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Sketching with Steve: What is a station?

By Steven Otte associate editor | June 8, 2021

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An N scale track plan sketch shows a small station scene on a 1-foot-deep shelf
An N scale track plan sketch shows a small station scene on a 1-foot-deep shelf
What do you need to designate a place on your layout as a station? Technically, a sign with a place name is enough. Here are some other features you might want to include in a station scene.

If you ask a layman to define a train station, they’ll describe a big building where people buy tickets and wait to board passenger trains. A slightly more knowledgeable person might also mention the presence of freight and baggage facilities and railroad offices.

But when we talk about railroad operations – whether of the full-size railroads or our models – another definition applies. As Jerry Dziedzic wrote in the “On Operation” column of October 2019, the rules the railroads follow define a station as a specific location named in a railroad timetable. No building, passenger shelter, or other facilities are necessary, not even a siding.

So, knowing that a station can technically be anything from a simple sign along the main line to a full-service freight and passenger terminal, what kind of things might we want to include at a station when designing a track plan? Let’s look at some things we might include at a station and what they do for our operational possibilities.

• A sign. This is the bare minimum requirement for a station. This sign must bear the station’s name and be clearly visible from the main line so the engineer can tell where it is when he passes or stops there. If there’s a depot, passenger shelter, or other trackside structure, the sign will be on the building.

• A passing siding. Trains stop at stations. A double-ended siding long enough to hold an entire train will let you make station stops without holding up other mainline traffic. A passing siding also facilitates runaround moves if there’s switching to do at the town

• Signals. If a train is going to stop at a station, its crew needs to know if and when it’s safe to start up again. A block signal indicates whether the track ahead is occupied or not. Block signals are usually positioned at some distance from the station, to allow a train to pull in without overrunning the signal. Another common type of signal is the train-order signal, which tells a train to stop at the station to receive orders. Finally, an interlocking signal indicates whether it’s safe to enter an interlocking plant, such as an at-grade crossing, though those aren’t always found at stations.

• Passenger and freight facilities. In the days before the interstate highways took over most people-moving duties, rare was the train station that didn’t have some provision to handle passengers (and their baggage). This could range from a simple whistle-stop platform, with or without a shelter, to the grandest union terminal. Smaller towns often had combined depots that incorporated less-than-carload-lot (LCL) freight facilities in the same building; busier big-city stations usually had a separate freight house to handle this traffic.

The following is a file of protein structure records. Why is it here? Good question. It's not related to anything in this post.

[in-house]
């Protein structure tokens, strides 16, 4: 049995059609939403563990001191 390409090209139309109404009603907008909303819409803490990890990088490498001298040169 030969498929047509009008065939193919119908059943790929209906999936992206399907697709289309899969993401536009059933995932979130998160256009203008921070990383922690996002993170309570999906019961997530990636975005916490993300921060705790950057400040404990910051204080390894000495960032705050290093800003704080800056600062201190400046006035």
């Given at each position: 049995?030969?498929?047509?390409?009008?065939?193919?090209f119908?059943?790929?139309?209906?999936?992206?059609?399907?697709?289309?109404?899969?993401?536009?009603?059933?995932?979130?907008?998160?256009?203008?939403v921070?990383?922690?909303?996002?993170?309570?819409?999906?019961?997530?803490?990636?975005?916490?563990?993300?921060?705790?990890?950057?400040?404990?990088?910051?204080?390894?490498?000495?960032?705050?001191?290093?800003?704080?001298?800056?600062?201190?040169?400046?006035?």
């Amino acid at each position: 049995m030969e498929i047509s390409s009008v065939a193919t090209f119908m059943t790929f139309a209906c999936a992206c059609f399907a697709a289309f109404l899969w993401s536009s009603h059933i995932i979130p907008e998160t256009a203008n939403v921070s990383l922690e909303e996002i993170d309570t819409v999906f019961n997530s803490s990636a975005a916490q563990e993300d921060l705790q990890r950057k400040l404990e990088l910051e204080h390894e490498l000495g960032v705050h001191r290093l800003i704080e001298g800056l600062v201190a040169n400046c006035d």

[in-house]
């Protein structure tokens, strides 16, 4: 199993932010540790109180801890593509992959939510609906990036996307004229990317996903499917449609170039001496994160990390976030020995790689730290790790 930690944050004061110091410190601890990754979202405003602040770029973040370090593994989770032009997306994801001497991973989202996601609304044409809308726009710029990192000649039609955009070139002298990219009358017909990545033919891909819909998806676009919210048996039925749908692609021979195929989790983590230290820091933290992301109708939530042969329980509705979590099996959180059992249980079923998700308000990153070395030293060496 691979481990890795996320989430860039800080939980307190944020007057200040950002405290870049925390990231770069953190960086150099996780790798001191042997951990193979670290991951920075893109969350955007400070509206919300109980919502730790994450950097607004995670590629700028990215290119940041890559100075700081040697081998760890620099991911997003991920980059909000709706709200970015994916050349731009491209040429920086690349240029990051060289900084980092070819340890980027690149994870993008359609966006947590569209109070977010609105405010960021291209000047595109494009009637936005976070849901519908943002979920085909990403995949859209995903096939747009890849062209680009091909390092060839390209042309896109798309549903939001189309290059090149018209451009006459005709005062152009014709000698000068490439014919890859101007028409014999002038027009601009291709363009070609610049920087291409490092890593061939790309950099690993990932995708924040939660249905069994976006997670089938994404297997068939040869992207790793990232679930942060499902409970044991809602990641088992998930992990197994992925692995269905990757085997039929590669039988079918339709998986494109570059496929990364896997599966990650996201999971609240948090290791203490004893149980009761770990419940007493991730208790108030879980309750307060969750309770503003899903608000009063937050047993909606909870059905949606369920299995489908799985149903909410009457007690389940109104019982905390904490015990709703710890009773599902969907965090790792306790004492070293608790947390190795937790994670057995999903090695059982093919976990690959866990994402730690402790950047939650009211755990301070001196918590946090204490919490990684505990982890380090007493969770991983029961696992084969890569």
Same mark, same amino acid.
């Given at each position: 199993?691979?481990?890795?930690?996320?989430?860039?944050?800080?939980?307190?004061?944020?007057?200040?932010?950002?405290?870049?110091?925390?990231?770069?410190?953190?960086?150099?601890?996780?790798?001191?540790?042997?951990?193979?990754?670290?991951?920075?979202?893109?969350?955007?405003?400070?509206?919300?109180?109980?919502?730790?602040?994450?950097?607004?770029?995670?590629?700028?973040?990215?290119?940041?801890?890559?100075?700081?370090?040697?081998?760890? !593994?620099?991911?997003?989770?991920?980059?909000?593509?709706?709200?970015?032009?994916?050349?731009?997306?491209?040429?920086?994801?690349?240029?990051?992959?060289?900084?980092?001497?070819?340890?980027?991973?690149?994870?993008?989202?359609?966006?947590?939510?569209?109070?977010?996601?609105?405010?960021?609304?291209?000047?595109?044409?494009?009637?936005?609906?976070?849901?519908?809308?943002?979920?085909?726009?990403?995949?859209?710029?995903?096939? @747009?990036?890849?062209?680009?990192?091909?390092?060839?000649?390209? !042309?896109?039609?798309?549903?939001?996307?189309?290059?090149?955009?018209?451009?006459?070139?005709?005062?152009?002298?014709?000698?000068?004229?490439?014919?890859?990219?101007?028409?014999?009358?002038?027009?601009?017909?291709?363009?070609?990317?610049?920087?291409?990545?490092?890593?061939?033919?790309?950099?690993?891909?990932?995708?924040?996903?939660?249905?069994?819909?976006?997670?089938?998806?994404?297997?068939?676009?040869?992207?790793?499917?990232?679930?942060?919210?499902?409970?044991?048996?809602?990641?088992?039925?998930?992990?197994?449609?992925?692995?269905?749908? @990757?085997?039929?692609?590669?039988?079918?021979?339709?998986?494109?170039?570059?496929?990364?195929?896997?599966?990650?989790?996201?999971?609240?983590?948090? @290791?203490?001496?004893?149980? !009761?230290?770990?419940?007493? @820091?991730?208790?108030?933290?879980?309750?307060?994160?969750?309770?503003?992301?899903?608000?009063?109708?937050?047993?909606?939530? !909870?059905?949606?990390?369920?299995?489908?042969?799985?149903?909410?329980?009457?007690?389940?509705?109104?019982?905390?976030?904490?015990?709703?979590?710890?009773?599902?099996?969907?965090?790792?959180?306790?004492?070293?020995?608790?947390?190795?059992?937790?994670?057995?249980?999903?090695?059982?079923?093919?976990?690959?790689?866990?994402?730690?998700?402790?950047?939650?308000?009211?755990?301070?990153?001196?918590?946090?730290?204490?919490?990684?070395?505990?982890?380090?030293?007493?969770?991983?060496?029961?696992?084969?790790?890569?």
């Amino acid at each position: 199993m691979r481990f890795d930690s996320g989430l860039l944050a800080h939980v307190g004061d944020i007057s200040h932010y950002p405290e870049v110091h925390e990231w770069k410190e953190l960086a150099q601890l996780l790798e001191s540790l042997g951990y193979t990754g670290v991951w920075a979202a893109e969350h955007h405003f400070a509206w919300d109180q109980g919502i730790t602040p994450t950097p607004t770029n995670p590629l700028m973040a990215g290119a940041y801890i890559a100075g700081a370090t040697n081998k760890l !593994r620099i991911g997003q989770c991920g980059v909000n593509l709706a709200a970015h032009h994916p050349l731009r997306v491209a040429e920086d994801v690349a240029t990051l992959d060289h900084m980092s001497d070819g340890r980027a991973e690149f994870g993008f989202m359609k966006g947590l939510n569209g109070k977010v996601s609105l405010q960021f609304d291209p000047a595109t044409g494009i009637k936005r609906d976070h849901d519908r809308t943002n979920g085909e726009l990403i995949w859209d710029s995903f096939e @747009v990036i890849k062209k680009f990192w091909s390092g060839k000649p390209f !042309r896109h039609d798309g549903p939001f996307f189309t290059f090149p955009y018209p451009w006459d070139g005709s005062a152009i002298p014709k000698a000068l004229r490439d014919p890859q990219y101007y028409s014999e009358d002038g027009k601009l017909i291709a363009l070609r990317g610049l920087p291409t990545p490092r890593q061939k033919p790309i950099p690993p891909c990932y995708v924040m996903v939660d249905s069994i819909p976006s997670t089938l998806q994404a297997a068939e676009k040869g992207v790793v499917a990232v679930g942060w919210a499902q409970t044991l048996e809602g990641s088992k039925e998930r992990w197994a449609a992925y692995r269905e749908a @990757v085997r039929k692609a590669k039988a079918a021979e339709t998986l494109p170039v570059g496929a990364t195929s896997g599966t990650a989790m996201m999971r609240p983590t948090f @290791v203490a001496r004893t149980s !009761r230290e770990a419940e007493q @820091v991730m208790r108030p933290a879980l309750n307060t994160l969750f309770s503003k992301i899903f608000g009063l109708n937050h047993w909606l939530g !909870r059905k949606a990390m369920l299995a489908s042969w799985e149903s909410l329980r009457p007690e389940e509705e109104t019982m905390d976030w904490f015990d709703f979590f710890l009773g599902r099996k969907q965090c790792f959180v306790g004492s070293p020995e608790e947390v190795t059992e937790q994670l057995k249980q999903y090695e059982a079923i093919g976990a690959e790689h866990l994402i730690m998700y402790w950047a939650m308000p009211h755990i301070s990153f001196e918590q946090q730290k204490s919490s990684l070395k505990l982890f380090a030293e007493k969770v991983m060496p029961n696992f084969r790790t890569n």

• The house track. This is the track that receives cars bearing less-than-carload-lot (LCL) freight destined for the station. It could lead to a freight house, a combined depot (one with both passenger and LCL freight facilities), or a simple unloading platform. It could be a stub or a double-ended track.

• A team track. This is where cars destined for in-town consignees who don’t have their own industry spur are spotted for loading and unloading. It’s usually along a paved lot where trucks (or, in old days, wagons drawn by horse teams – hence the name) can pull up alongside. The team track can be a dedicated spur or simply a convenient spot along the house track or an industrial spur. It may or may not have a platform.

• Crossovers. If the main line is double-tracked (or more), a crossover between the mains lets trains from both directions use the passing siding and switch industries on both sides of the track. A double-ended siding between the two mains can serve both purposes.

• Locomotive servicing facilities. Depending on the era, these could include water tanks, coaling facilities, diesel fuel stands, sanding towers, enginehouses, turntables, ash pits, washstands, and more. They aren’t needed at every station, though; for a small layout, one set of facilities is enough. You can even leave them out entirely, claiming they’re at an unmodeled, off-layout location.

• Sheds, sheds, sheds. Tool sheds, speeder sheds, maintenance sheds, supply sheds, signal cabinets, even outhouses if the era calls for them. These small structures really make a station scene look interesting and busy.

Take a look at my sketch above for a sample of an N scale station scene incorporating many of these elements.

One thought on “Sketching with Steve: What is a station?

  1. You should have used Track Planning Tools by K.I.S.S. Method Inc. instead of that green thing you show in the picture. ( It’s a much better product with complete circles for curves. Steve Moore

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